Asset managers go head to head with distributors


Angelique Schouten, CEO Ohpen UK: "firms should not fear having a multi-channel distribution approach".

Asset managers are increasingly willing to enter the direct-to-consumer sales market, ignoring the risk of upsetting distributors that also vie for investor attention.

Traditionally asset managers have steered clear of direct distribution efforts so as not to alienate their distribution partners, such as banks or independent financial advisers.
However, experts say this is changing as the relationship between distributors and asset managers comes under increasing strain.

Amin Rajan, chief executive officer of consultancy Create-Research, says distributors now wield “enormous power” over manufacturers and are increasingly asking for a larger slice of fund fees.  Asset managers “feel they are not getting their fair share” and are therefore more open to the idea of expanding into the D2C market, says Mr Rajan.

In addition, as some banks and adviser firms are now selling their own-branded funds, asset managers are questioning “how they are going to maintain their share of the value chain”, says Jeremy Fawcett, head of direct at Platforum.

“If you’re an asset manager and you’re completely beholden to your distributor, if it starts pushing its products instead of yours, it means there’s another layer of competition,” says Mr Fawcett.  “This pushes asset managers further in the direction of direct distribution.”
Several asset managers have started building out their direct businesses by improving their digital capabilities, encouraged by changing investor habits.

Columbia Threadneedle is preparing to soft-launch a mobile app selling its own funds. Aberdeen Asset Management is also developing a mobile application that would allow users to buy its funds directly, Ignites Europe has learnt.

Meanwhile M&G is planning to launch an online service for “new and existing” clients who invest directly in its individual savings account products.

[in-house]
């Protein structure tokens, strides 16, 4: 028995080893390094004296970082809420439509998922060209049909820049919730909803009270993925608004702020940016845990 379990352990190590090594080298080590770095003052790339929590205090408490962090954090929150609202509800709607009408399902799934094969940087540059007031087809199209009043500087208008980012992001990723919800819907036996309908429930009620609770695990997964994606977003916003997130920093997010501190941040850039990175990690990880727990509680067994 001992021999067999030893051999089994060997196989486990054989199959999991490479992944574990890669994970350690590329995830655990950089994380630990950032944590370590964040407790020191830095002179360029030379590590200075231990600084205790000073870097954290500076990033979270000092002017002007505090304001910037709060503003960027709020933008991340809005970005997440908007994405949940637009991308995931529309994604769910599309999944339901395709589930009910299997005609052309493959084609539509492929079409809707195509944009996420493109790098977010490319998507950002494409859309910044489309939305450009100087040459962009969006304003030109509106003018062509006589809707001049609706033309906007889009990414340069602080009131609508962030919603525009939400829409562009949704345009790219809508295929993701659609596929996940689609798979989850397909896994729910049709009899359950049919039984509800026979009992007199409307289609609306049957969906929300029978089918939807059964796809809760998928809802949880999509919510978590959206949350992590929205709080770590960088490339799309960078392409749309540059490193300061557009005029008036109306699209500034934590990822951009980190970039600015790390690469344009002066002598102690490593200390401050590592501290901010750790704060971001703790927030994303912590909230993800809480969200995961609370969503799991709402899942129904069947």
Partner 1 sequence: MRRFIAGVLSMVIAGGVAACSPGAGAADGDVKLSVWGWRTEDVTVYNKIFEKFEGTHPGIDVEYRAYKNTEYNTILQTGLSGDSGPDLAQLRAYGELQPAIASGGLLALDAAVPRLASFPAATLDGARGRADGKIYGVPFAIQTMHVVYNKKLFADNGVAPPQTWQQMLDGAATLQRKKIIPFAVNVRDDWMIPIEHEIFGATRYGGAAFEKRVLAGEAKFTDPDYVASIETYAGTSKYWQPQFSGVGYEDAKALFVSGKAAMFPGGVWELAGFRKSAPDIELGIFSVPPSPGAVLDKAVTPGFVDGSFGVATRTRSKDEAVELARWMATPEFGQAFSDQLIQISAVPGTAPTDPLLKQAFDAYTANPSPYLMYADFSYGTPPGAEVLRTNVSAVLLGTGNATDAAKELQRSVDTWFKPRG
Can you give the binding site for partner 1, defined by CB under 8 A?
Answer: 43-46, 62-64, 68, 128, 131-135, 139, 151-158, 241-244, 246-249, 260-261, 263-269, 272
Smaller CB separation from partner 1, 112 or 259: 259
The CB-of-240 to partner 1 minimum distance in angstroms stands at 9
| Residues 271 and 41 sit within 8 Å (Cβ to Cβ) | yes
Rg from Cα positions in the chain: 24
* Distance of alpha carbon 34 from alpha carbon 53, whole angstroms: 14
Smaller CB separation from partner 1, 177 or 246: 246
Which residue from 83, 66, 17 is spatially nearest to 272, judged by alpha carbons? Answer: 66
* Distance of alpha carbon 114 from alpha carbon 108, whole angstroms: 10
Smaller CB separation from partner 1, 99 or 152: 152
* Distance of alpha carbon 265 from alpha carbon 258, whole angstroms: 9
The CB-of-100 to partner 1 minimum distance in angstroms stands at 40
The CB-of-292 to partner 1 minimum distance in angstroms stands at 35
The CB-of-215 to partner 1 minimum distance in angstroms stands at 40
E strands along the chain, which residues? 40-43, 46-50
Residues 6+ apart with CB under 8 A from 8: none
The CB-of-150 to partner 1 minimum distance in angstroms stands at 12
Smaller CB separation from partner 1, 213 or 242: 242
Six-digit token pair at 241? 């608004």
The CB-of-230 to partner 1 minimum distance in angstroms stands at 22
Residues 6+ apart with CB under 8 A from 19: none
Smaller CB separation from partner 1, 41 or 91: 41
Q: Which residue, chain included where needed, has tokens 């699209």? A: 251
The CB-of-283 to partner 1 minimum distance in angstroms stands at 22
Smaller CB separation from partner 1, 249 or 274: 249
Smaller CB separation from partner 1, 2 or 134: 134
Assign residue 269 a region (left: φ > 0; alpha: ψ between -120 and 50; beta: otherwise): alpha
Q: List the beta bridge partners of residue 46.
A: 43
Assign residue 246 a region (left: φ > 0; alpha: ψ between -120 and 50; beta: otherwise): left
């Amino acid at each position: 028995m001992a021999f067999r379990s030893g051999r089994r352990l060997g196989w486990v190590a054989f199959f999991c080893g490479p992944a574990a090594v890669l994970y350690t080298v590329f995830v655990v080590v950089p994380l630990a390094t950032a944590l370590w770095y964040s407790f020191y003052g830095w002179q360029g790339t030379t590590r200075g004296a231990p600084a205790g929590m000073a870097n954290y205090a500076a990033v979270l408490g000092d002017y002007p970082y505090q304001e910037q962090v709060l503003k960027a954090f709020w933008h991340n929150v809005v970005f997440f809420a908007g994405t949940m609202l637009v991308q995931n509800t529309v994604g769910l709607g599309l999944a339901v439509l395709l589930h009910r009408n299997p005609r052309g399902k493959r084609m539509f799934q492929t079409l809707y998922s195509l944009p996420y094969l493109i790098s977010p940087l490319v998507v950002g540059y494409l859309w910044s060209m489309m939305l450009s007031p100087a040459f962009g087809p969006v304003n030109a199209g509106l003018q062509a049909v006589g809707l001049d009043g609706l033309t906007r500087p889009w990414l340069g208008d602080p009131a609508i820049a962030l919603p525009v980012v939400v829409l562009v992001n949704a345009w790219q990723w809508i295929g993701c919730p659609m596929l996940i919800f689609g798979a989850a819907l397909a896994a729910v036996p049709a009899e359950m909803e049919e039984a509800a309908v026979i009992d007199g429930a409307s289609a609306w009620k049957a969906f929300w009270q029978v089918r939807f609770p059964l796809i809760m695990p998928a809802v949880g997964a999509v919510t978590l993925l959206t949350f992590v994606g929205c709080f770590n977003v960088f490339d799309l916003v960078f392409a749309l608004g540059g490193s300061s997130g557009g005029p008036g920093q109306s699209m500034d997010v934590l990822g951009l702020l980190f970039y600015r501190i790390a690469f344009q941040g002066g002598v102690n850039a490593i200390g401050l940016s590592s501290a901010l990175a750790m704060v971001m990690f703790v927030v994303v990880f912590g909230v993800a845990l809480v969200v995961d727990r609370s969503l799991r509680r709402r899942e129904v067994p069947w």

Monique van Wensem, head of retail marketing and sales at Robeco, which operates an online D2C business in the Netherlands, says fund houses venturing into this area for the first time are understandably more fearful than existing D2C players about cannibalising their existing distribution.

But Robeco’s experience has shown that having a D2C business can support an asset manager’s wholesale business, she says.

“We think both segments can leverage on each other,” says Ms van Wensem. For example Robeco’s brand-building efforts in the D2C space help to boost its profile among fund selectors and retail distributors.


Angelique Schouten, CEO Ohpen UK

Angelique Schouten, CEO of platform technology provider Ohpen UK says firms should not fear having a multi-channel distribution approach.

“If you look at distributors or independent financial advisers, they are servicing a specific group of investors who want help or advice,” she says.

“But there are also clients who don’t want advice.”

Mr Fawcett adds: “If you’re going to run a campaign overtly poaching your distributors’ customers, that’s clearly going to get you in trouble with your intermediated distribution. “But if you identify a specific client base for direct distribution and then address it in a way that is specific to that segment, it’s much more defensible.”

Ms Schouten notes that it is “striking” that asset managers have not embraced multiple distribution channels when virtually “every other industry in the world” operates in this way.

Other experts say distributors have little to fear from asset managers going direct as this client segment is likely to remain a marginal part of their business.

Mauro Baratta, joint CEO of research firm MackayWilliams, says: “The D2C market will have a limited appeal to the mass market in the short and medium term. “Distributors can still sleep easily.”

Mr Baratta adds that he does not believe there will be a “rush of fund managers launching their own fund sale apps”.

Only the large asset managers or ones with the support of a parent bank will be prepared to venture into an area that is expensive to finance but may not yield very much immediate business, he says.

According to Mr Baratta, for these firms the rationale for developing in the online D2C space is that it may bear fruit over the long term. Mr Baratta says: “Asset managers are always telling the end investor you’ve got to think long term. “Now they themselves have to think long term – by developing their digital distribution capabilities they may have an advantage over companies that join late.” Mr Rajan agrees that the D2C market may be a long-term rather than a short-term opportunity for asset managers.

“The potential is huge on a 10-year view – the early trailblazers will soon be joined by others,” says Mr Rajan.

Article written by Siobhan Reading for Ignites Europe

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